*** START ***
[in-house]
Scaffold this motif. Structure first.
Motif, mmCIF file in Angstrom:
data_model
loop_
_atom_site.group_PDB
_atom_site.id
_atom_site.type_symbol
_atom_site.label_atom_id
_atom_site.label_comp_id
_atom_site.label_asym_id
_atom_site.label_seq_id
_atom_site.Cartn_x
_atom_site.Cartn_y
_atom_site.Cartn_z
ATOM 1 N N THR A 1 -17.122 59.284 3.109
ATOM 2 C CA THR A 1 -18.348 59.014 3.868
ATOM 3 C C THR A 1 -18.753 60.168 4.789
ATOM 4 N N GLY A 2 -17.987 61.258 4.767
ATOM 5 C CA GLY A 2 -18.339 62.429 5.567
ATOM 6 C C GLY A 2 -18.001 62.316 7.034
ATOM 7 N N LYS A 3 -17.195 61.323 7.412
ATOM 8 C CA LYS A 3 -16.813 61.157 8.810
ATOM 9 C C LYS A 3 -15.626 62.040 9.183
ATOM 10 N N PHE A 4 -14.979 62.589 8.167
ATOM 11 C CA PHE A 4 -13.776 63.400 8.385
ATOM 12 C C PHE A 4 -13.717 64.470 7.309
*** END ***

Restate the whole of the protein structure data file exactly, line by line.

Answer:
[in-house]
Scaffold this motif. Structure first.
Motif, mmCIF file in Angstrom:
data_model
loop_
_atom_site.group_PDB
_atom_site.id
_atom_site.type_symbol
_atom_site.label_atom_id
_atom_site.label_comp_id
_atom_site.label_asym_id
_atom_site.label_seq_id
_atom_site.Cartn_x
_atom_site.Cartn_y
_atom_site.Cartn_z
ATOM 1 N N THR A 1 -17.122 59.284 3.109
ATOM 2 C CA THR A 1 -18.348 59.014 3.868
ATOM 3 C C THR A 1 -18.753 60.168 4.789
ATOM 4 N N GLY A 2 -17.987 61.258 4.767
ATOM 5 C CA GLY A 2 -18.339 62.429 5.567
ATOM 6 C C GLY A 2 -18.001 62.316 7.034
ATOM 7 N N LYS A 3 -17.195 61.323 7.412
ATOM 8 C CA LYS A 3 -16.813 61.157 8.810
ATOM 9 C C LYS A 3 -15.626 62.040 9.183
ATOM 10 N N PHE A 4 -14.979 62.589 8.167
ATOM 11 C CA PHE A 4 -13.776 63.400 8.385
ATOM 12 C C PHE A 4 -13.717 64.470 7.309